Visiting Pulteney Distillery on the NC500

pulteney distillery

One of the northernmost distilleries on the Scottish mainland

Old Pulteney is a single-malt Scotch whisky that is distilled in the Caithness town of Wick.

view of wick harbour from pulteneytown

Wick is in the far north-eastern part of Scotland (and part of the NC500).  This whisky is also known as “The Maritime Malt,” due to its location and production methods, such as bringing the barley in by sea and maturing the casks by the coast.

History

Let’s start with the story of Pulteney Distillery. It was founded in 1826 by James Henderson. It is named after the location within Pulteneytown in Wick.  Pulteneytown, was constructed by Thomas Telford  (who is mostly known for his bridges) and takes its name from Sir William Pulteney, the governor of the British Fisheries Board.  He also gives his name to the Robert Adam designed Pulteney Bridge in Bath.  Sir William Pulteney commissioned civil engineer Thomas Telford to create a fishing town and harbour at Wick to create jobs.

pulteney distillery
Pulteney Distillery with Pultneytown houses to the left.

Interesting Point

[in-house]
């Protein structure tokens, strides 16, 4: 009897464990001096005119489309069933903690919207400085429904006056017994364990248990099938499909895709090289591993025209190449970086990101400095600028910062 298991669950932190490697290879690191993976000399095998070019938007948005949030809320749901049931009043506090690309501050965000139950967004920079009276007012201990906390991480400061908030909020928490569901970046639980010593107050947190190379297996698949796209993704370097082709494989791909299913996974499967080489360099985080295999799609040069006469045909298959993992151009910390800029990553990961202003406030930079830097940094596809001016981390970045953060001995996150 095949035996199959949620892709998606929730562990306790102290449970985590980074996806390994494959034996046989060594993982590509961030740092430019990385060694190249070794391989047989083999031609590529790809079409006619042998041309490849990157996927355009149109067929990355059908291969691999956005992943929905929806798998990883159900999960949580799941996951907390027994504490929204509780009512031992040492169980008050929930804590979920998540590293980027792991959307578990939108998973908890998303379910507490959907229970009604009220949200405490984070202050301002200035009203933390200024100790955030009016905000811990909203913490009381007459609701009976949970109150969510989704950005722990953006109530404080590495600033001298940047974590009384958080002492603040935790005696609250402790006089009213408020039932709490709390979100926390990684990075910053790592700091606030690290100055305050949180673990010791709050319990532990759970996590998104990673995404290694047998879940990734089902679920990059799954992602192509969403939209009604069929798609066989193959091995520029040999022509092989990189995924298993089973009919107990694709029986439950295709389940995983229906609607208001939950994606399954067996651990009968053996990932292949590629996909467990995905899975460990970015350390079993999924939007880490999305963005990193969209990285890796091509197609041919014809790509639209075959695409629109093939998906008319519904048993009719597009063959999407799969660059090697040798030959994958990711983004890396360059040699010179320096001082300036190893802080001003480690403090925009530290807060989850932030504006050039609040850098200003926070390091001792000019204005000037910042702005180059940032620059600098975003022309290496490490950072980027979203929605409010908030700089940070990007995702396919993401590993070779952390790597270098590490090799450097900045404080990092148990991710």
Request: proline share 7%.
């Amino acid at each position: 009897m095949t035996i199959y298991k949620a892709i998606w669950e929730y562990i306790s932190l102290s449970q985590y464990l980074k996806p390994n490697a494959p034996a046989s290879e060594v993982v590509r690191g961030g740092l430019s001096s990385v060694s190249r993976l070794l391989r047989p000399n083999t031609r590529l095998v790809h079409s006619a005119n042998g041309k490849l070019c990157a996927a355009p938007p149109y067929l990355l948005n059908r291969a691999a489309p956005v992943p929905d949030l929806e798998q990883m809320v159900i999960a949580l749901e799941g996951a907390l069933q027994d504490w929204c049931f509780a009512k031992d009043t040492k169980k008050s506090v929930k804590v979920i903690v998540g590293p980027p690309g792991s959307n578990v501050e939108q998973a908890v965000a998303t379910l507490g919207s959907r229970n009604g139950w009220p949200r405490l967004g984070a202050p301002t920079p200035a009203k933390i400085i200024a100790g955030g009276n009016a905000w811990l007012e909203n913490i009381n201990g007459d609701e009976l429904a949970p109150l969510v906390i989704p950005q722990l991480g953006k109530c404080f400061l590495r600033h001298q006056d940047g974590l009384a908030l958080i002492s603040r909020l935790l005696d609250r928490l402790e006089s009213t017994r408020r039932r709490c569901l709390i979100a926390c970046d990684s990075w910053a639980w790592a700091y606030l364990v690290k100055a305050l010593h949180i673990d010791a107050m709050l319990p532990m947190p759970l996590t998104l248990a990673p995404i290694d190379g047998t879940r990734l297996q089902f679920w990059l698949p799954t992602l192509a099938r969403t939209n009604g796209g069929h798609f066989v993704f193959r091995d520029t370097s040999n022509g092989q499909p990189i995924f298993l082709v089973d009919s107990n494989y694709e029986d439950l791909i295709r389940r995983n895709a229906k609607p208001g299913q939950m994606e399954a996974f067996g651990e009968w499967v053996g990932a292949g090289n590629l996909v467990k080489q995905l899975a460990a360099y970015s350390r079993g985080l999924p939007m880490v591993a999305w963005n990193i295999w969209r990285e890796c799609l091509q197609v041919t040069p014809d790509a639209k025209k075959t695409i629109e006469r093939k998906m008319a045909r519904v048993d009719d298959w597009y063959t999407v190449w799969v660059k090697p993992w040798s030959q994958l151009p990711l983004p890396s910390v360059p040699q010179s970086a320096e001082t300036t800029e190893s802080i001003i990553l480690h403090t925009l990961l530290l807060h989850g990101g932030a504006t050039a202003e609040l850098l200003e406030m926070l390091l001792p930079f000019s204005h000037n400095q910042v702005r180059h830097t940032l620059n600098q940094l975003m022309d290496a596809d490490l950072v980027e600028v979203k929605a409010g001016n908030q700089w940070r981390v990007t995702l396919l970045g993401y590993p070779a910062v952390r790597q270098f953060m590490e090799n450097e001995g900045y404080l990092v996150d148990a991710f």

If you are walking up from the harbour to Pulteney Distillery via Bank Street you will see a set of steps.  These steps were immortalised by LS Lowry in his painting “Steps at Wick” from 1936.

Pulteney Distillery visitor centre

pulteney distillery

The visitor centre at the distillery is open year-round and offers a variety of tours.

A taste of Old Pulteney is priced at £20pp.  This tour is an introduction to Old Pulteney and takes you on the journey of the creation of Old Pulteney. At the end you get to taste the Harbour whisky and Old Pulteney 12 year old and take home your own Glencairn tasting glass.

From the source is priced at £40pp and is a more in-depth guide to Old Pulteney.  At the end you get to try 12, 15 and 18 year old expressions plus Huddart, with a Glencairn glass to take home.

A Toast to the Coast costs £65pp.  This tour includes information from milling to maturation.  At the end of the tour you can taste 12 year, Coastal Series port, Distillery Exclusive and Bourbon single cask.  You also get a Glencairn glass to take home with you.

The Flagship Experience costs £125pp.  Included in this tour is a full insight into the production of Old Pulteney. At the end of the tour you get to taste 12, 15, 18, 25, Bourbon & Sherry Single Casks and receive a crystal glass to take home.

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How Old Pulteney Whisky is made

Old Pulteney uses unpeated malt, which allows the subtle salinity of the whisky to be tasted when having a dram. One of the unique features at Old Pulteney is the spirit still features a flat top, most stills have the lyne arm, that is the part of the arm that connects the column to the condenser unit, coming off straight from the still.  This flat piece of copper creates a higher level of reflux when distilling therefore creating more flavours.